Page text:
The owner of a South Florida clinic arranged a scheme through which he received kickbacks of approximately $1300 per Medicare beneficiary from patient recruiters and home health agencies in return for having a physician write prescriptions, plans of care and medical certifications for unnecessary home healthcare and therapy services for Medicare beneficiaries.
The home health nurses, as a part of the scheme, falsified patient records to make it appear that the Medicare beneficiaries qualified for two to three skilled nursing visits per day. The Medicare beneficiaries did not need or qualify for the home health services. The nurses also received kickbacks for the Medicare patients they recruited for the home health agencies, even though they knew the patients did not qualify for the home health services. The nurses admitted that they created the false documentation so the Medicare program could be billed for the medically unnecessary services.
According to trial testimony, one of the nurses also paid kickbacks in return for ensuring that she would be assigned by the home health agencies as the nurse for the beneficiaries involved in the recruitment scheme. In many instances, the nurse did not provide any services to the assigned patients.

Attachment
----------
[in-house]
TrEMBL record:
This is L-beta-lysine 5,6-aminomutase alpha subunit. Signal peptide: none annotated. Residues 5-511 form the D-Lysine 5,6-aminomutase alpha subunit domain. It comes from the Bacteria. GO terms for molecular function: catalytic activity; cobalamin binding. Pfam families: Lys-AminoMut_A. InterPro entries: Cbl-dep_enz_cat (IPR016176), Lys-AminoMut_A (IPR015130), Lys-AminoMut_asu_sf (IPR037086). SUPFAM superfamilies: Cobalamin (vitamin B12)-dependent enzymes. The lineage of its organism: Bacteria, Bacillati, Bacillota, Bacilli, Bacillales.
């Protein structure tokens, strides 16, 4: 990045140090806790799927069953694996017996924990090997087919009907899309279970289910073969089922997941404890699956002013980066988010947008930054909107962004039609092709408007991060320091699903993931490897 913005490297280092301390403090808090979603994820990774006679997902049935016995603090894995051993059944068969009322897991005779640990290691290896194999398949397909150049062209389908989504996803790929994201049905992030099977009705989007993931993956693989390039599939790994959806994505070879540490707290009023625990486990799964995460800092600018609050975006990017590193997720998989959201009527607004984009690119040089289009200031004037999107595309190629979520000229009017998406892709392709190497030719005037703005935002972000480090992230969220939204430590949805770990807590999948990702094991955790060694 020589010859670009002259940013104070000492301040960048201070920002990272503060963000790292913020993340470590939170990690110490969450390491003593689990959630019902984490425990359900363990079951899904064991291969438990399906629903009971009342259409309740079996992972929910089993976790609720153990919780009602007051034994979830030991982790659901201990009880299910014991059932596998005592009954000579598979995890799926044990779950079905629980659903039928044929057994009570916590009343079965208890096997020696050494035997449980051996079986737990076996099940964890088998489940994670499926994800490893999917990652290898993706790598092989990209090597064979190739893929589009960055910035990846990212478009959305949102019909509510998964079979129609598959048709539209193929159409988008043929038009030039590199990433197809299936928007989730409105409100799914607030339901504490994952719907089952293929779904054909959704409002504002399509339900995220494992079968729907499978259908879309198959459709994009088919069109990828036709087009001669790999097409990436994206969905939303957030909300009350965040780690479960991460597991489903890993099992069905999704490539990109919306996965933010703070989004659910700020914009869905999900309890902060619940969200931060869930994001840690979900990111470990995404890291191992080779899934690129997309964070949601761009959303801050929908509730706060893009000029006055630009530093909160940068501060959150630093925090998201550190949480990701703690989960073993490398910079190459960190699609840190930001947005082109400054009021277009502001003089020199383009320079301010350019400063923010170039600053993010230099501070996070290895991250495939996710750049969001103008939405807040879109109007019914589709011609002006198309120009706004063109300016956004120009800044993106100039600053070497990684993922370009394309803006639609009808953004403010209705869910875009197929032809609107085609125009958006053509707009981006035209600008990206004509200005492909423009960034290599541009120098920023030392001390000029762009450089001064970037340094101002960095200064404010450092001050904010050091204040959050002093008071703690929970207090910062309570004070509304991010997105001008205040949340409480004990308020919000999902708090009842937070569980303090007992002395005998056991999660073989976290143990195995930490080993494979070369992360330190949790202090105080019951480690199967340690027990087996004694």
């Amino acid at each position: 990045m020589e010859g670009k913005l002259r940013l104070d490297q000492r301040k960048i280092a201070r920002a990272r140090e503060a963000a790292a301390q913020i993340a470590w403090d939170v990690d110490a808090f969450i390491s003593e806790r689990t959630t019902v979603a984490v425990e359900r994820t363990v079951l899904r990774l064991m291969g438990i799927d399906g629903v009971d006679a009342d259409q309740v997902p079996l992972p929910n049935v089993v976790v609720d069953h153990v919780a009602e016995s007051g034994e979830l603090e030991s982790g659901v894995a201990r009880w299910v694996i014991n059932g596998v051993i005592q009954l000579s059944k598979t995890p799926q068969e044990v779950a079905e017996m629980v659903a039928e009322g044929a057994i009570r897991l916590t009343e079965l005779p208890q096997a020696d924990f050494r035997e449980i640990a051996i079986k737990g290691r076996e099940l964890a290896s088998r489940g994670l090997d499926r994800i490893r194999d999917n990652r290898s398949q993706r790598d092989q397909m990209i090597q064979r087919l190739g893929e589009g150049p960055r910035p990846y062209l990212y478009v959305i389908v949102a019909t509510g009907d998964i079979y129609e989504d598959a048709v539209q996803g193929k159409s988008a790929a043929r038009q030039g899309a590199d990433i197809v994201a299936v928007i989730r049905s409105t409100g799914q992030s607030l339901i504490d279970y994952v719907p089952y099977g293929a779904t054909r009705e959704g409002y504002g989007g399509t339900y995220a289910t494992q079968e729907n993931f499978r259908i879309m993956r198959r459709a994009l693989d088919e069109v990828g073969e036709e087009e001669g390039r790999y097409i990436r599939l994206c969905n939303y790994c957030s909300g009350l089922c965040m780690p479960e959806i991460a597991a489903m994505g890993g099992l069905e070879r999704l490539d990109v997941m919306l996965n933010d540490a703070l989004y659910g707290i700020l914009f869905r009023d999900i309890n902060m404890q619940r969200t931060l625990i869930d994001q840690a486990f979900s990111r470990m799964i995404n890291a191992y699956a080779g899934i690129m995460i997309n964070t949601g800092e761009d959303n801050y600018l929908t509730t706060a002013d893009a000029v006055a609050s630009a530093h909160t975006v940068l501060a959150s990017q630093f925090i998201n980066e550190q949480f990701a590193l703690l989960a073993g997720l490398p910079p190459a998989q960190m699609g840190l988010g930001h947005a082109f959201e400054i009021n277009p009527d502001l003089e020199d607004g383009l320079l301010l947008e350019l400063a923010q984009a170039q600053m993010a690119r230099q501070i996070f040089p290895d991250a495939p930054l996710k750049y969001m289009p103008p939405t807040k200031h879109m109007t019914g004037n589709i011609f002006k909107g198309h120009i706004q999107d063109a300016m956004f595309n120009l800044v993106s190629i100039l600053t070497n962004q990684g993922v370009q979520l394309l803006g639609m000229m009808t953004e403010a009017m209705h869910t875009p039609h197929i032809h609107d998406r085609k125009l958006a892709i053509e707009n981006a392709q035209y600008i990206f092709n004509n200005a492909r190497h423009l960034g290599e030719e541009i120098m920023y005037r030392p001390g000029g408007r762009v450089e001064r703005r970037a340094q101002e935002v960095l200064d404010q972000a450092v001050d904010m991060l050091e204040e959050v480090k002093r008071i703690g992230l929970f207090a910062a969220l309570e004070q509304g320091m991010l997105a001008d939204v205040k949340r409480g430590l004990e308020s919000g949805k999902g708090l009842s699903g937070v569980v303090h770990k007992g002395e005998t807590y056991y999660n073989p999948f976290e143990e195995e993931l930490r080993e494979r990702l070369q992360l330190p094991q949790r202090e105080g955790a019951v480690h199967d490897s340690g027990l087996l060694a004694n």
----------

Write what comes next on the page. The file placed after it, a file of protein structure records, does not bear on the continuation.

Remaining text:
The nurses were convicted of conspiracy to commit healthcare fraud and sentenced to prison terms ranging from five months to 30 months for their roles. The convictions of these nurses should serve as a prime example of how important it is for nurses to assure that their documentation is accurate and to be aware they can be convicted even if they submit no claims or documentation to CMS themselves.